CSIRO’s Ending Plastic Waste Mission will develop cutting-edge science and innovation to change the way Australia makes, uses, recycles and disposes of plastics.
An initial $50 million will be invested in the mission, funded through contributions by CSIRO, industry, government, university, and other organisations.
Australians consume one million tonnes of single use plastic each year – with just 12 per cent recycled. Three-quarters of the plastic found along Australia’s coastline is single-use plastics.
With global use of plastic expected to double by 2040, CSIRO’s Chief Executive Larry Marshall said the challenge was far bigger than any one institution and needed a Team Australia approach.
“The Ending Plastic Waste Mission will bring together the whole innovation system, from government, industry and academia to turn science into solutions that will benefit the environment and create economic opportunities for Australia,” Dr Marshall said.
“By working together, by aligning our efforts, and by pushing each other further for a common cause, we can tackle seemingly impossible challenges – like protecting our environment while making sustainability profitable for business. And we can achieve it faster.”
The plastic waste industry is valued globally at about $87 billion. Developing circular economy plastic initiatives for recycling is expected to provide US$67 billion in value globally by 2025.
“By turning plastic waste into a renewable resource, the Mission will deliver collaborative scientific and manufacturing capabilities to drive new technologies across the entire plastics supply chain and grow Australia’s circular economy,” Dr Marshall said.
Dr Deborah Lau, Mission Lead said it would take a combination of solutions to address the plastic pollution problem.
“Our mission will be the national catalyst for systematic change to tackle plastic pollution,” Dr Lau said. “It will drive a significant co-ordinated response across the innovation sector and bring science and technology to the forefront to help deliver a myriad of solutions to end plastic waste.”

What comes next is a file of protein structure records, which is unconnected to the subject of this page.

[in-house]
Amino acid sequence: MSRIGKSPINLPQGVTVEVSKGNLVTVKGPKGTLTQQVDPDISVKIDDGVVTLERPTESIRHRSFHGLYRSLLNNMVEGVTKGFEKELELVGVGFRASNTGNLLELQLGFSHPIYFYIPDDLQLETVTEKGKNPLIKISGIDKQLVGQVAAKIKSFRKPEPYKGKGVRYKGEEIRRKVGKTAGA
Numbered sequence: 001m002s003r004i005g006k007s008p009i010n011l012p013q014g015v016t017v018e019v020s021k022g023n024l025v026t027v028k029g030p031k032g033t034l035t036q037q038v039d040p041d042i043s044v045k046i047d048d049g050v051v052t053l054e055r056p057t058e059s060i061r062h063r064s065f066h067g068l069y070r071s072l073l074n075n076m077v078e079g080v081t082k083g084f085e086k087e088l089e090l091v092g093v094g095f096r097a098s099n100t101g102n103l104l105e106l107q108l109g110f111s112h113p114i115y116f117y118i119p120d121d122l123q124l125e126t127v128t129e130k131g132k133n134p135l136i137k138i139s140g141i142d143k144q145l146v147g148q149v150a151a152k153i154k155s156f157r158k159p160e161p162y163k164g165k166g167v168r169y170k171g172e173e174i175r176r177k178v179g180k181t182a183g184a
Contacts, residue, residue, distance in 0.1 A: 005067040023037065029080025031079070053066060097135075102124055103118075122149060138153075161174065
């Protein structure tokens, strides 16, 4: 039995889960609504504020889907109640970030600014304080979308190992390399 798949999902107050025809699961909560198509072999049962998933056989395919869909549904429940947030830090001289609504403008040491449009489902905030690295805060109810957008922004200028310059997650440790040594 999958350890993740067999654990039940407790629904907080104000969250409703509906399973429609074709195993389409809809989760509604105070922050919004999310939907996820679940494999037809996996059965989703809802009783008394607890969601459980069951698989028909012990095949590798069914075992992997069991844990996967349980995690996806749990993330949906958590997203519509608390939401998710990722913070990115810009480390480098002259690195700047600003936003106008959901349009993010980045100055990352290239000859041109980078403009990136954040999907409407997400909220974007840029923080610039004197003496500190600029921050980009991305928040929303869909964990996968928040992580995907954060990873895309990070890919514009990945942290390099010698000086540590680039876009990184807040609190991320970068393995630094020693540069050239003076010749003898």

Research under the mission includes changing the way we make, use, and recycle plastics by developing innovative technologies, materials, products and processes and supporting a sustainable plastics circular economy by using plastic waste to deliver economic benefits, while reducing the detrimental impacts to human health and the environment.
It will also involve revolutionising packaging and waste systems; generating effective solutions for recycling; advising on the development and implementation of standards; analytics and machine learning to inform decision making; and creating systemic change.
The mission includes a collaboration between CSIRO and Murdoch University to establish a new Bioplastics Innovation Hub.
Professor Daniel Murphy, of the Murdoch University said the hub would develop a new generation of 100 per cent compostable products such as bottles, caps and wrappers, which contribute to the plastic pollution problem.
“Compostable bioplastic demand is predicted to increase rapidly as global concerns around plastic waste and fossil fuel resources increase the importance of bio-based plastic alternatives,” Professor Murphy said.
“Some bioplastics are already in the market but most need UV light to break down. Our compostable bioplastics will break down in compost, landfill or in water, without leaving a trace.”
The first key project for the hub will be working with Ecopha Biotech Pty Ltd to develop a new process for water bottle production using compostable bioplastics derived from waste products from the food industry.
“New bioplastics innovations will provide industry with new commercialisation opportunities and build sustainable and economic opportunities to grow Australia’s bio-manufacturing industries,” Professor Murphy said.
For more information, visit: www.csiro.au